In order for anyone to "accept Jesus as [his or her] Savior", God must first act. According to the GNT, God has first loved so that we might in turn love Him (1 John 4:19). His supreme philanthropic (FILANQRWPIA) act was the sending of His Son to die PRO NOBIS, so that we might have everlasting life KAI PERISSON EXWSIN. Of course, this is a basic teaching of Christianity, but the salvation process goes much deeper than this basic act. Since Christ died for the KOSMOS of humankind, Almighty God has initiated a proclamation of the everlasting Gospel throughout the entire earth (Matt. 24:14; 28:19, 20; Acts 10:34-36; Eph. 2:14-18; Rev. 14:6, 7). Therefore, when a person is approached with the "good news" of Christ and his kingdom, God is acting in that person's life. If the individual approached is in a state of unbelief, he or she is spiritually blind (2 Cor. 4:3, 4). How can the prevailing KALUMNA be removed from the heart of the unbelieving soul? 2 Cor. 3:16 says that when one turns to the Lord, PERIAIREITAI TO KALUMNA. Notice please, the sequence of this process:

God acts (He sends His Son).

God acts again (He has the good news proclaimed).

An unbeliever acts (He or she responds to the good news).

God acts again (He removes the veil from the unbelieving heart).

The believer subsequently acts (He or she repents, turns around, dedicating himself or herself to God and demonstrating this dedication by water baptism--See footnote*).

As one can see, what I am proposing is a spiritual action-reaction
type of relationship between God and man. God acts, then we act with
an equal and opposite reaction per se. This schema seems to be in
harmony with Acts 26:20 where Paul speaks of works befitting
repentance in connection with the preaching of the Christian KERYGMA.
In short, belief is a work, but it is a work in response to God's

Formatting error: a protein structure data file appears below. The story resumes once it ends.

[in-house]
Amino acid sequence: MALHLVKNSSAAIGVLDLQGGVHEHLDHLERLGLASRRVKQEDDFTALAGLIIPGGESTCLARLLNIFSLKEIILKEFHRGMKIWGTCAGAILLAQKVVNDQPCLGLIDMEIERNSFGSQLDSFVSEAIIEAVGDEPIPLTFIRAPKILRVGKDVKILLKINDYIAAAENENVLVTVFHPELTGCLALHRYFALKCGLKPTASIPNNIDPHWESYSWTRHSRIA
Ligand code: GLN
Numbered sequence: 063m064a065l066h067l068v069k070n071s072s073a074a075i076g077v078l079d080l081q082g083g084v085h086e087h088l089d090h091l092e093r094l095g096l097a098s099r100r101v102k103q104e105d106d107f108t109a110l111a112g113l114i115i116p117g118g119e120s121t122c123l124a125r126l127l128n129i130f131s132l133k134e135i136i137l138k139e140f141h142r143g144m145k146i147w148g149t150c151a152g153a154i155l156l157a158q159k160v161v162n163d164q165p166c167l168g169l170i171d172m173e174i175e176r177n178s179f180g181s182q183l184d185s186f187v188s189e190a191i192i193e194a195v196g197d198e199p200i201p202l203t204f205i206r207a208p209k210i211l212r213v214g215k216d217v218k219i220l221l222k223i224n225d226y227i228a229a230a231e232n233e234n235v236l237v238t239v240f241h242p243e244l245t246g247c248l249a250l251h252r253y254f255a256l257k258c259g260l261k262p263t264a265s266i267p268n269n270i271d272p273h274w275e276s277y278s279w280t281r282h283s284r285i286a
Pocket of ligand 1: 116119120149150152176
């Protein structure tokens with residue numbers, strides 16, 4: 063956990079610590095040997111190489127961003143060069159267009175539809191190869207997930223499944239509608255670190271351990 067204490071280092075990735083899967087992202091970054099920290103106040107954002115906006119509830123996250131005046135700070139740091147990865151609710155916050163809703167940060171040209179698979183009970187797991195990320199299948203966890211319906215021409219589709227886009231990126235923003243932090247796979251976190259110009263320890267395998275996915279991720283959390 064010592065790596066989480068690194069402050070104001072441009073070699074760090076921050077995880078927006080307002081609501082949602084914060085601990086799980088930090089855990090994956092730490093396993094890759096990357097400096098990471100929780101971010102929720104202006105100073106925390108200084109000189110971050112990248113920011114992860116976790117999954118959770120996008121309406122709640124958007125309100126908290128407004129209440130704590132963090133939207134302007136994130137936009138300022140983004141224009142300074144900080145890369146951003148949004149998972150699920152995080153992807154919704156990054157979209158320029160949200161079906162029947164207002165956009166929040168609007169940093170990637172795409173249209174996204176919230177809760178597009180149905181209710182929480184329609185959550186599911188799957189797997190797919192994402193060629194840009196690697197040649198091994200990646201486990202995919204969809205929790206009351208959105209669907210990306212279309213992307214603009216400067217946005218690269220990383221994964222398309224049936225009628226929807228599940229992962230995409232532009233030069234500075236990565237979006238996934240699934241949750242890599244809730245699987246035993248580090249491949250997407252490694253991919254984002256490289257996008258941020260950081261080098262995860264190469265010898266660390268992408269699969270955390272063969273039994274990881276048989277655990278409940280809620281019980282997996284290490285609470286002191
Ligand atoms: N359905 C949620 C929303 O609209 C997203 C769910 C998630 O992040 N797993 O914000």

work. This means that a human can neither earn nor merit salvation.
Nevertheless, he or she must show appreciation for the undeserved gift
God has given. How can this be done? Via faith backed by works. As
Vine's Expository Dictionary says, 'justification is primarily and
gratuitously by faith, evidentially and subsequently by works' (See
James 2:15ff).

* I am aware of the fact that the steps outlined will differ from one
religious tradition to the other. When I outline the above steps, I
speak from my own particular religious and Christian viewpoint. I know
about the many debates on baptism and repentance and would be glad to
discuss them with anyone on the list. Until then, vale.

Thursday, September 14, 2017

The Potential Meaning of EIS and General Principles of Greek Translation

There are some contexts in which εἰς can be rendered "for," but how we translate this Greek preposition may depend on the aspect/Aktionsart of the verbs used in context and the context of a passage itself. Translating Virgil's Latin work Georgics and Homer's Iliad and Odyssey has taught me the importance of examining how a word (preposition or otherwise) is used in context (a term's usus loquendi). Lexicons are helpful in this regard.

What might be helpful is to look at similar texts/contexts and try to determine what εἰς is most likely to mean in a given setting. Certain examples given in BDAG for "εἰς" (2. beta) seem pertinent for understanding 1 Thessalonians 4:15. Compare Matthew 6:34; 1 Timothy 6:19.

Tuesday, September 12, 2017

Trinity Doctrine: Catholic Encyclopedia

The evidence from the Gospels culminates in the baptismal commission of Matthew 28:20. It is manifest from the narratives of the Evangelists that Christ only made the great truth known to the Twelve step by step.